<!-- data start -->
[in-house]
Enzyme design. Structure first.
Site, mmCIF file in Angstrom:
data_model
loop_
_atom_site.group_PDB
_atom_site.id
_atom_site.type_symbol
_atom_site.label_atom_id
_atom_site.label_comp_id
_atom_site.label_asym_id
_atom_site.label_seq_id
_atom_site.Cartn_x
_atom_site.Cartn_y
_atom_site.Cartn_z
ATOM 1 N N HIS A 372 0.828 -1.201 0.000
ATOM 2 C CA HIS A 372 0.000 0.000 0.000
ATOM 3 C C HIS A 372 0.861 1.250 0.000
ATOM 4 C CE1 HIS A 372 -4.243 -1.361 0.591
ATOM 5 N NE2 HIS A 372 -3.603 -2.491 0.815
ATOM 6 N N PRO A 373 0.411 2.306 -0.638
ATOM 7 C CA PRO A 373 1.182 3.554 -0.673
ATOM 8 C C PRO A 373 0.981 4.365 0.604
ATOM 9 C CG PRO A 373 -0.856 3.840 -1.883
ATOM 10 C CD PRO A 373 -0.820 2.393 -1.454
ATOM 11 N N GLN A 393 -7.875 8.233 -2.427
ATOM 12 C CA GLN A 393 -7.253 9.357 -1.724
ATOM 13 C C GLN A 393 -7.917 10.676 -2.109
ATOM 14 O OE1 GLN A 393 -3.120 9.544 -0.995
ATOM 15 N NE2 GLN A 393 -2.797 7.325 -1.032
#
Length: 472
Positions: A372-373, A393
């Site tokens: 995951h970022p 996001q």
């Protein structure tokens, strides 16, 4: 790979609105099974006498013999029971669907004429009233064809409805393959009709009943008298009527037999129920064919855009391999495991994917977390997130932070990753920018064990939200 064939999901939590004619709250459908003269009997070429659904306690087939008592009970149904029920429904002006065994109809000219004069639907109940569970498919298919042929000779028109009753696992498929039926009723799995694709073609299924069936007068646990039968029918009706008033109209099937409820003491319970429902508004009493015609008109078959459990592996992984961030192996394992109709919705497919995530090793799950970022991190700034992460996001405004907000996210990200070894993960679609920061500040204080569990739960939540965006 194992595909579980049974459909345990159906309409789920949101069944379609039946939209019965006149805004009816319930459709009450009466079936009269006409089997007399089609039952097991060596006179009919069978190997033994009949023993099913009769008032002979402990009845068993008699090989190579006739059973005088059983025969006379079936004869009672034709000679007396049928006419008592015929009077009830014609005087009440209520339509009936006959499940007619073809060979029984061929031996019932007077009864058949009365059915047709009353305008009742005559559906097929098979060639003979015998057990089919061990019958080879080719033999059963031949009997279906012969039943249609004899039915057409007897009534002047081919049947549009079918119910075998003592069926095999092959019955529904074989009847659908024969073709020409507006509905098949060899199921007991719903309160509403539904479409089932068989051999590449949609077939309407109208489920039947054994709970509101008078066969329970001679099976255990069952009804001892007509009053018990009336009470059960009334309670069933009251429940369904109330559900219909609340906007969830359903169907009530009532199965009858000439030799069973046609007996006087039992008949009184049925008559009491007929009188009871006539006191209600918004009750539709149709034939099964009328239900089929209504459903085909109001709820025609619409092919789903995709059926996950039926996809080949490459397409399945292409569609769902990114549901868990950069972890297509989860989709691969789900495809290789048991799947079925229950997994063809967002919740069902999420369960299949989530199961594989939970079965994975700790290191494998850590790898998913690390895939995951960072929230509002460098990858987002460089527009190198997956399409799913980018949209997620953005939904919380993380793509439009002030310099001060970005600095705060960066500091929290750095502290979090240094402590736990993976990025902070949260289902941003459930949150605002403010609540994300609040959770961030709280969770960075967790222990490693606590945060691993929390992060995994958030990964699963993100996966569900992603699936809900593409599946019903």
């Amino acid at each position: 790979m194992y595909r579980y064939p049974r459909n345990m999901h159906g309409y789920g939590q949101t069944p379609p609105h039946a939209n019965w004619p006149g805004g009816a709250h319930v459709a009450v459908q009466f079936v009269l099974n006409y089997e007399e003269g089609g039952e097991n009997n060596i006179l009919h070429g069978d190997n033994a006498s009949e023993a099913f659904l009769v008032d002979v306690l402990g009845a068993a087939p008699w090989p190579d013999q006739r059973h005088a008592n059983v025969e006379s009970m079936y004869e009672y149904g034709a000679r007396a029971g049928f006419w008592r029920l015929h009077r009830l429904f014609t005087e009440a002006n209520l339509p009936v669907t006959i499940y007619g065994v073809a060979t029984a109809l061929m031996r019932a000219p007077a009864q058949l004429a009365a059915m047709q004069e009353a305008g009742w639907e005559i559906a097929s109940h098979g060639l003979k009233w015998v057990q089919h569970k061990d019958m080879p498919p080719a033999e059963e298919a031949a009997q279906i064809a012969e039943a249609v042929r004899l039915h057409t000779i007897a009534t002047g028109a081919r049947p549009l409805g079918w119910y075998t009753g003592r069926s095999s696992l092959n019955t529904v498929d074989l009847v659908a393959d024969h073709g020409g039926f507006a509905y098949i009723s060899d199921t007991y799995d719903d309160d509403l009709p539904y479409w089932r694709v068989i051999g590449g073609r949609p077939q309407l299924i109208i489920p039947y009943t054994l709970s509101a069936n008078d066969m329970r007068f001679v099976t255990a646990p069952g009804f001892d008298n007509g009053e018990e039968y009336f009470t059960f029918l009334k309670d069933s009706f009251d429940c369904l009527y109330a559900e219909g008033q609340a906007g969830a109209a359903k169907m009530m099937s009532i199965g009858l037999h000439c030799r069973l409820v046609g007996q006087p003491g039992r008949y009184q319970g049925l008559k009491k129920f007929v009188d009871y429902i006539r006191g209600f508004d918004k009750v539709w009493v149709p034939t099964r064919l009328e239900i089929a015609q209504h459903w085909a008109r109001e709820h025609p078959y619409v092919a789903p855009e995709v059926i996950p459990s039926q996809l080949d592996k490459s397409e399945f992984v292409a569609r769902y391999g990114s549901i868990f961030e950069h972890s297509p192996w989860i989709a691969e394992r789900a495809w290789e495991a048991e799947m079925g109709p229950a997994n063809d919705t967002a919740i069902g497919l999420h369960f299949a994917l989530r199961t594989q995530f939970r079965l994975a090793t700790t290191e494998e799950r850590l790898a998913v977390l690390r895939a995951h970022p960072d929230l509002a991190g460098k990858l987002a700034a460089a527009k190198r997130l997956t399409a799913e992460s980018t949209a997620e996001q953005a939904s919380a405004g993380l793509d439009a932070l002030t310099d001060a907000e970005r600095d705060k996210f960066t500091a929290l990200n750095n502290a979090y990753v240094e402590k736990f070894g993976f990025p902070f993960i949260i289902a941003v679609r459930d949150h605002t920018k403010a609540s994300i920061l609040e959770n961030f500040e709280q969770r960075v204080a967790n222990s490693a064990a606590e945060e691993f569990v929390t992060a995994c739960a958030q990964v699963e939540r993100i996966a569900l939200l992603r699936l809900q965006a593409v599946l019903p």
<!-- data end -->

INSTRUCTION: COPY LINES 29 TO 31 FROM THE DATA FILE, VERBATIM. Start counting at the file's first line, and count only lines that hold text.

ATOM 14 O OE1 GLN A 393 -3.120 9.544 -0.995
ATOM 15 N NE2 GLN A 393 -2.797 7.325 -1.032
#